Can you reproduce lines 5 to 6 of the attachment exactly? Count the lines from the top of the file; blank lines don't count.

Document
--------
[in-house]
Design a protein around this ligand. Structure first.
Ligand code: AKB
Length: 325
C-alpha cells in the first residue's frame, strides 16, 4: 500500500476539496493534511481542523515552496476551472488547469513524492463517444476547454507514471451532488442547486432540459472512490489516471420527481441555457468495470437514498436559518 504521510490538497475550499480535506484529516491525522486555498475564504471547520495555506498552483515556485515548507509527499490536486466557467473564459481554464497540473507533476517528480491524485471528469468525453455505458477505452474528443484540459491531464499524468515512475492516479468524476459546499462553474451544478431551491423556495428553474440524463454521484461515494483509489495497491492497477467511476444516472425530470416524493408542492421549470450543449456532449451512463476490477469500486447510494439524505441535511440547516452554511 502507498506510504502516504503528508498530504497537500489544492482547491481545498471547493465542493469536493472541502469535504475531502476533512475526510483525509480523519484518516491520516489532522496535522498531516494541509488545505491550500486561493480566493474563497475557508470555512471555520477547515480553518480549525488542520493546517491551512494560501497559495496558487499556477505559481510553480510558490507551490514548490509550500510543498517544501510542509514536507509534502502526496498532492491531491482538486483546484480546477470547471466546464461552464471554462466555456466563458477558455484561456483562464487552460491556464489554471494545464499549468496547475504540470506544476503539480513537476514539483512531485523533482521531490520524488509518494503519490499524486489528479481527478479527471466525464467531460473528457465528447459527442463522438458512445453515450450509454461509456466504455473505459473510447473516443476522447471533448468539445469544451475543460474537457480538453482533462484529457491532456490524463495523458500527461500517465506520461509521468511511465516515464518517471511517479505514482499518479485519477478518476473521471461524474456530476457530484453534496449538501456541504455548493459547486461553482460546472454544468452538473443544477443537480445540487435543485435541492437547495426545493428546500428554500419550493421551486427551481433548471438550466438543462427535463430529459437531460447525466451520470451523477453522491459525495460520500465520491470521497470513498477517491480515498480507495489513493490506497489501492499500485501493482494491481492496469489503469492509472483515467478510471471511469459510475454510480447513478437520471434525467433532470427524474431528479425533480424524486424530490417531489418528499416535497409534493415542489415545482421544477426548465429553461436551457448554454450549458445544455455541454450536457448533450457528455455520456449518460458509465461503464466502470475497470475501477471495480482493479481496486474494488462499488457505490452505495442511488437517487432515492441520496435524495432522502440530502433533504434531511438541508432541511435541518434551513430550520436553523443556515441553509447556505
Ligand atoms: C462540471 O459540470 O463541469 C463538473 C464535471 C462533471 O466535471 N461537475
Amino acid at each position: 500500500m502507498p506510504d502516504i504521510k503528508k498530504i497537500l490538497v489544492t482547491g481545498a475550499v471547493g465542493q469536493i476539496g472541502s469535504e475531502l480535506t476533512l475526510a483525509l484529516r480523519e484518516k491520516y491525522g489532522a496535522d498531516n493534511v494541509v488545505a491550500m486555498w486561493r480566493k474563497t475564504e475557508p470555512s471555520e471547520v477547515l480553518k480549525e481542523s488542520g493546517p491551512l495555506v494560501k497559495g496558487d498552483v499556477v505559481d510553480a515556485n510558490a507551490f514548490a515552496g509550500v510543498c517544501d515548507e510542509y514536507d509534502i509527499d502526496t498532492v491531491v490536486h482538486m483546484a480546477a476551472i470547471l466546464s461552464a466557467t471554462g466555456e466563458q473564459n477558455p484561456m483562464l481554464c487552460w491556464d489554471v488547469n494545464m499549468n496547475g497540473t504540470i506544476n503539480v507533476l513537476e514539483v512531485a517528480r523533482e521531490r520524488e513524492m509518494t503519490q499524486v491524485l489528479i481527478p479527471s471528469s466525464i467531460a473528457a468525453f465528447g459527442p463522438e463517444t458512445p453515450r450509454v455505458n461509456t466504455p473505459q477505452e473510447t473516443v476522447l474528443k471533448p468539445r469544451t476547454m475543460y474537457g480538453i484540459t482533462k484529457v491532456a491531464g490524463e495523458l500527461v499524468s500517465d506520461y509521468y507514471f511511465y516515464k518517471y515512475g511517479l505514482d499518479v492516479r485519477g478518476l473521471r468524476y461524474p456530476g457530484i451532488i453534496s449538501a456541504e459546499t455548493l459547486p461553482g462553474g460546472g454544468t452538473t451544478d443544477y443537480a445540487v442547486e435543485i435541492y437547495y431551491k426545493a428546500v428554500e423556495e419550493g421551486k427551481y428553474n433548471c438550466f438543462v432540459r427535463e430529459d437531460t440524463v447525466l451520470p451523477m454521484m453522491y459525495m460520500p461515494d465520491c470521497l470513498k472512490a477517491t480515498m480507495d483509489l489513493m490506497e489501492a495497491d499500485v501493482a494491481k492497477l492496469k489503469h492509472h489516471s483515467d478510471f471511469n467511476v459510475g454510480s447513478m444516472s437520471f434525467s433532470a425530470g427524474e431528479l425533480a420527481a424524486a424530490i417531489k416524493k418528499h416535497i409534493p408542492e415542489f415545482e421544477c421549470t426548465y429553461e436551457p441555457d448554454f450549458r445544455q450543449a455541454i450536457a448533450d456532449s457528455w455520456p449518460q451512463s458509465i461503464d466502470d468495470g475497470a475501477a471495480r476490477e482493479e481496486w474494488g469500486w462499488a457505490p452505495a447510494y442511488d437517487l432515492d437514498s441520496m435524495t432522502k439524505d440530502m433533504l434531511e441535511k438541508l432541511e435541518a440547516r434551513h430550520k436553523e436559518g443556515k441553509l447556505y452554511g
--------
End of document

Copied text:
C-alpha cells in the first residue's frame, strides 16, 4: 500500500476539496493534511481542523515552496476551472488547469513524492463517444476547454507514471451532488442547486432540459472512490489516471420527481441555457468495470437514498436559518 504521510490538497475550499480535506484529516491525522486555498475564504471547520495555506498552483515556485515548507509527499490536486466557467473564459481554464497540473507533476517528480491524485471528469468525453455505458477505452474528443484540459491531464499524468515512475492516479468524476459546499462553474451544478431551491423556495428553474440524463454521484461515494483509489495497491492497477467511476444516472425530470416524493408542492421549470450543449456532449451512463476490477469500486447510494439524505441535511440547516452554511 502507498506510504502516504503528508498530504497537500489544492482547491481545498471547493465542493469536493472541502469535504475531502476533512475526510483525509480523519484518516491520516489532522496535522498531516494541509488545505491550500486561493480566493474563497475557508470555512471555520477547515480553518480549525488542520493546517491551512494560501497559495496558487499556477505559481510553480510558490507551490514548490509550500510543498517544501510542509514536507509534502502526496498532492491531491482538486483546484480546477470547471466546464461552464471554462466555456466563458477558455484561456483562464487552460491556464489554471494545464499549468496547475504540470506544476503539480513537476514539483512531485523533482521531490520524488509518494503519490499524486489528479481527478479527471466525464467531460473528457465528447459527442463522438458512445453515450450509454461509456466504455473505459473510447473516443476522447471533448468539445469544451475543460474537457480538453482533462484529457491532456490524463495523458500527461500517465506520461509521468511511465516515464518517471511517479505514482499518479485519477478518476473521471461524474456530476457530484453534496449538501456541504455548493459547486461553482460546472454544468452538473443544477443537480445540487435543485435541492437547495426545493428546500428554500419550493421551486427551481433548471438550466438543462427535463430529459437531460447525466451520470451523477453522491459525495460520500465520491470521497470513498477517491480515498480507495489513493490506497489501492499500485501493482494491481492496469489503469492509472483515467478510471471511469459510475454510480447513478437520471434525467433532470427524474431528479425533480424524486424530490417531489418528499416535497409534493415542489415545482421544477426548465429553461436551457448554454450549458445544455455541454450536457448533450457528455455520456449518460458509465461503464466502470475497470475501477471495480482493479481496486474494488462499488457505490452505495442511488437517487432515492441520496435524495432522502440530502433533504434531511438541508432541511435541518434551513430550520436553523443556515441553509447556505
Ligand atoms: C462540471 O459540470 O463541469 C463538473 C464535471 C462533471 O466535471 N461537475